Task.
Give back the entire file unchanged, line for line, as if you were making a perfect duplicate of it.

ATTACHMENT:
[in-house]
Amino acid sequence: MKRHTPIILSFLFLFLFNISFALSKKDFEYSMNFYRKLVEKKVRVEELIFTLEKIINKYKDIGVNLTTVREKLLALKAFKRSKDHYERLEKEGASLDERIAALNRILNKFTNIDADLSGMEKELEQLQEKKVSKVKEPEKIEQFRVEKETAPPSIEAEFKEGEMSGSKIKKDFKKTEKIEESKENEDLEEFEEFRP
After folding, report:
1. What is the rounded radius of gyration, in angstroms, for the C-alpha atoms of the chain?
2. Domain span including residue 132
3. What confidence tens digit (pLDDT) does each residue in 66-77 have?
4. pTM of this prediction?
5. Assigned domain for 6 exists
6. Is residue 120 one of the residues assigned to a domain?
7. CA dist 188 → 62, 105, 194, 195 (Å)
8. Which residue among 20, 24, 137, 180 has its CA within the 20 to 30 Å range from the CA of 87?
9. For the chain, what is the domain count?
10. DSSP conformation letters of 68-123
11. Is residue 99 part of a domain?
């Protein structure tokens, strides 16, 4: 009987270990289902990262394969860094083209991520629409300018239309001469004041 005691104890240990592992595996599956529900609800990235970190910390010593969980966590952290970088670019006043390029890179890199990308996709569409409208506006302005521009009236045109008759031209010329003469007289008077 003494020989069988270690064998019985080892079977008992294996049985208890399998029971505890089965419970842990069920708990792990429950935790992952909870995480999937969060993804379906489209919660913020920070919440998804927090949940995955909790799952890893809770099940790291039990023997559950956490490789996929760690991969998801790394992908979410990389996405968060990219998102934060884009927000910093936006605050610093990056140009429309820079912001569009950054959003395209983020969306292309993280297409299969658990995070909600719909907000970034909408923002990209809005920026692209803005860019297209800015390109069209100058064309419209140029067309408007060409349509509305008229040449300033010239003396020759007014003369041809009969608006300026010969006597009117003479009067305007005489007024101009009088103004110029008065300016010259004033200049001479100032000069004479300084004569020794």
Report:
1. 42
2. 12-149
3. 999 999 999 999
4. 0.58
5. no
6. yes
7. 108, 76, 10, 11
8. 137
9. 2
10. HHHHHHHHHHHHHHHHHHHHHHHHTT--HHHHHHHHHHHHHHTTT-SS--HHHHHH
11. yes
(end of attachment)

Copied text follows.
[in-house]
Amino acid sequence: MKRHTPIILSFLFLFLFNISFALSKKDFEYSMNFYRKLVEKKVRVEELIFTLEKIINKYKDIGVNLTTVREKLLALKAFKRSKDHYERLEKEGASLDERIAALNRILNKFTNIDADLSGMEKELEQLQEKKVSKVKEPEKIEQFRVEKETAPPSIEAEFKEGEMSGSKIKKDFKKTEKIEESKENEDLEEFEEFRP
After folding, report:
1. What is the rounded radius of gyration, in angstroms, for the C-alpha atoms of the chain?
2. Domain span including residue 132
3. What confidence tens digit (pLDDT) does each residue in 66-77 have?
4. pTM of this prediction?
5. Assigned domain for 6 exists
6. Is residue 120 one of the residues assigned to a domain?
7. CA dist 188 → 62, 105, 194, 195 (Å)
8. Which residue among 20, 24, 137, 180 has its CA within the 20 to 30 Å range from the CA of 87?
9. For the chain, what is the domain count?
10. DSSP conformation letters of 68-123
11. Is residue 99 part of a domain?
């Protein structure tokens, strides 16, 4: 009987270990289902990262394969860094083209991520629409300018239309001469004041 005691104890240990592992595996599956529900609800990235970190910390010593969980966590952290970088670019006043390029890179890199990308996709569409409208506006302005521009009236045109008759031209010329003469007289008077 003494020989069988270690064998019985080892079977008992294996049985208890399998029971505890089965419970842990069920708990792990429950935790992952909870995480999937969060993804379906489209919660913020920070919440998804927090949940995955909790799952890893809770099940790291039990023997559950956490490789996929760690991969998801790394992908979410990389996405968060990219998102934060884009927000910093936006605050610093990056140009429309820079912001569009950054959003395209983020969306292309993280297409299969658990995070909600719909907000970034909408923002990209809005920026692209803005860019297209800015390109069209100058064309419209140029067309408007060409349509509305008229040449300033010239003396020759007014003369041809009969608006300026010969006597009117003479009067305007005489007024101009009088103004110029008065300016010259004033200049001479100032000069004479300084004569020794």
Report:
1. 42
2. 12-149
3. 999 999 999 999
4. 0.58
5. no
6. yes
7. 108, 76, 10, 11
8. 137
9. 2
10. HHHHHHHHHHHHHHHHHHHHHHHHTT--HHHHHHHHHHHHHHTTT-SS--HHHHHH
11. yes